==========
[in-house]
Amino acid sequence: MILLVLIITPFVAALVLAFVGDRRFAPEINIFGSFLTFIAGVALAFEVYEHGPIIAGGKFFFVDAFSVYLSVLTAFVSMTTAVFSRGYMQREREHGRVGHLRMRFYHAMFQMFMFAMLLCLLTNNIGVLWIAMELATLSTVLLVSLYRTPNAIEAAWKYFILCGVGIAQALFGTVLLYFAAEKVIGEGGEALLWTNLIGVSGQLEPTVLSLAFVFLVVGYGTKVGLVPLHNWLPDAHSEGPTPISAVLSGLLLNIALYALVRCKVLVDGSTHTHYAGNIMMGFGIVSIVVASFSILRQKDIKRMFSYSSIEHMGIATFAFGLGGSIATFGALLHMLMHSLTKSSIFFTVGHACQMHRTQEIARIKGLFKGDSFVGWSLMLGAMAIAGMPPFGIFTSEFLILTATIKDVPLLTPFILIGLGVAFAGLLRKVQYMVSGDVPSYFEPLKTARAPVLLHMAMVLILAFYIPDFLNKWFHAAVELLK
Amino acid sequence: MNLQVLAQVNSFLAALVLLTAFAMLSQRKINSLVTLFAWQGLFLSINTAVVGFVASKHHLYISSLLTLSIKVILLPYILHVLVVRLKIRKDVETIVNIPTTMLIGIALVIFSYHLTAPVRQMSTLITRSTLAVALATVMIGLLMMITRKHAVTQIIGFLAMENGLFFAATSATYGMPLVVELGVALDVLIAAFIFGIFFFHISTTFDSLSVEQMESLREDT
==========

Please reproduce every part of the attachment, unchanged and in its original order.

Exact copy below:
[in-house]
Amino acid sequence: MILLVLIITPFVAALVLAFVGDRRFAPEINIFGSFLTFIAGVALAFEVYEHGPIIAGGKFFFVDAFSVYLSVLTAFVSMTTAVFSRGYMQREREHGRVGHLRMRFYHAMFQMFMFAMLLCLLTNNIGVLWIAMELATLSTVLLVSLYRTPNAIEAAWKYFILCGVGIAQALFGTVLLYFAAEKVIGEGGEALLWTNLIGVSGQLEPTVLSLAFVFLVVGYGTKVGLVPLHNWLPDAHSEGPTPISAVLSGLLLNIALYALVRCKVLVDGSTHTHYAGNIMMGFGIVSIVVASFSILRQKDIKRMFSYSSIEHMGIATFAFGLGGSIATFGALLHMLMHSLTKSSIFFTVGHACQMHRTQEIARIKGLFKGDSFVGWSLMLGAMAIAGMPPFGIFTSEFLILTATIKDVPLLTPFILIGLGVAFAGLLRKVQYMVSGDVPSYFEPLKTARAPVLLHMAMVLILAFYIPDFLNKWFHAAVELLK
Amino acid sequence: MNLQVLAQVNSFLAALVLLTAFAMLSQRKINSLVTLFAWQGLFLSINTAVVGFVASKHHLYISSLLTLSIKVILLPYILHVLVVRLKIRKDVETIVNIPTTMLIGIALVIFSYHLTAPVRQMSTLITRSTLAVALATVMIGLLMMITRKHAVTQIIGFLAMENGLFFAATSATYGMPLVVELGVALDVLIAAFIFGIFFFHISTTFDSLSVEQMESLREDT